**That’s not to say no one else is allowed to know it exists. If you’re curious, feel free to look up bacanje graha or falanje u grah. But my work with favomancy feels private somehow, and I don’t want to talk in detail about how I use it.

***Heh. Maybe I should ask my Tarot cards which one to choose.

2 thoughts on “Give Me That Old Time Divination

  1. I agree completely about the tarot–I know it, use tons of decks for diversity of readings, and yet I try other things, like the &^%$% lenormand which gives me very little although I just bought yet another called the paper oracle which is lenormand plus seven or so new cards devised by the artist–it’s written about at Bell Wen’s blog and I found it attractive and intriguing in its way. I’m not straught-old-predictive but more oriented towards what to do for the best outcome, so basic ‘prediction’ systems give me little of use. I am interested in favomancy, please, and I have bags of dried organic beans nearby even as I write, so–how do I start??? Thanks and best wishes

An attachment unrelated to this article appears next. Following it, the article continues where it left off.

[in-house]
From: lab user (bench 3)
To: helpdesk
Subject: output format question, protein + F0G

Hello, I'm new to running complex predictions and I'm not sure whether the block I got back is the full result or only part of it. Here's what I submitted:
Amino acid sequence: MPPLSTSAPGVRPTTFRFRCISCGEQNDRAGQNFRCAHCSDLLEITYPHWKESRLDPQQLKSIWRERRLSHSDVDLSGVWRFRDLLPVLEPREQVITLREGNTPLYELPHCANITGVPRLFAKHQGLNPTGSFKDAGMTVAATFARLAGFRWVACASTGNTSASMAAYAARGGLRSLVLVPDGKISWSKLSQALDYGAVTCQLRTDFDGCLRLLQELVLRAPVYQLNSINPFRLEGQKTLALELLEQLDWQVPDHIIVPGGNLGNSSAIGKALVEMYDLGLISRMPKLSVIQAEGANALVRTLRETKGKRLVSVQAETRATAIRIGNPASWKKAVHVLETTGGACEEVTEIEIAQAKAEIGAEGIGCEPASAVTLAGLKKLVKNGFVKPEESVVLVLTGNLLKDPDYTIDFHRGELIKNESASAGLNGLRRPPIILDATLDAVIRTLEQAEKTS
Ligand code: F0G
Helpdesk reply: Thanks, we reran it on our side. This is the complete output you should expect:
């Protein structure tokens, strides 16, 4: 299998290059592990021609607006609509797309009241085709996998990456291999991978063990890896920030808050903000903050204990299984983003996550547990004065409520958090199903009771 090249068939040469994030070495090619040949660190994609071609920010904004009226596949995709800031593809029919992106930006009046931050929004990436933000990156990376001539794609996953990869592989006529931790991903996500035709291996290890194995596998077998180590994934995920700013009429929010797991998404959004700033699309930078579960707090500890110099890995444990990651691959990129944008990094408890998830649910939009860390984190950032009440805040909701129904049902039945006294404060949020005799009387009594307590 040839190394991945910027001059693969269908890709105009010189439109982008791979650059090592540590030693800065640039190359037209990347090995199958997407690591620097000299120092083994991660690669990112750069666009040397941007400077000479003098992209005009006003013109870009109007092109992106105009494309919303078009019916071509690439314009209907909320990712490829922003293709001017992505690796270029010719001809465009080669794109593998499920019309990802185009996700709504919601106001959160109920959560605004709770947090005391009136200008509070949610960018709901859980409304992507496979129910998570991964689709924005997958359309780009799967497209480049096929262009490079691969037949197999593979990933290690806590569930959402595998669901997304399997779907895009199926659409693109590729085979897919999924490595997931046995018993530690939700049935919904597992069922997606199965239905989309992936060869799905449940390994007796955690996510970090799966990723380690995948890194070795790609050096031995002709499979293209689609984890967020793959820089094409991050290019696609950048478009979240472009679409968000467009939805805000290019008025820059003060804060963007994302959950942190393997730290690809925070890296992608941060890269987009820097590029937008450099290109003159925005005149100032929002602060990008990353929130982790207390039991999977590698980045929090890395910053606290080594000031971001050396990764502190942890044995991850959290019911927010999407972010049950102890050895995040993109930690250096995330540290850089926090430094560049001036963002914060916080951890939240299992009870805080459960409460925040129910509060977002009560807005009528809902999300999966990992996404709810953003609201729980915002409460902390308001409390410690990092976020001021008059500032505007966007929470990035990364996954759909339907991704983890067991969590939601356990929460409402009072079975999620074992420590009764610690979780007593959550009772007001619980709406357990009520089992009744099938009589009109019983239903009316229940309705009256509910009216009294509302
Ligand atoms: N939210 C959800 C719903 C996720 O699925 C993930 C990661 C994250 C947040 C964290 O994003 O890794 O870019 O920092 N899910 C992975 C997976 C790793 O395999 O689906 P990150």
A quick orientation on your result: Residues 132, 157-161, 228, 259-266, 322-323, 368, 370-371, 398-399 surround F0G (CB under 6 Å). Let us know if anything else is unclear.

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  2. I think my next project is to learn bone casting/charm casting. I’ve seen people use it in multi layered readings with tarot and it looks so complicated and satisfying. It’s putting a set together that seems to be the hardest part because I’d want pieces that mean something to me personally instead of a ready made kit. I’d also be intrigued to learn more about favomancy, I’ve never heard of it before?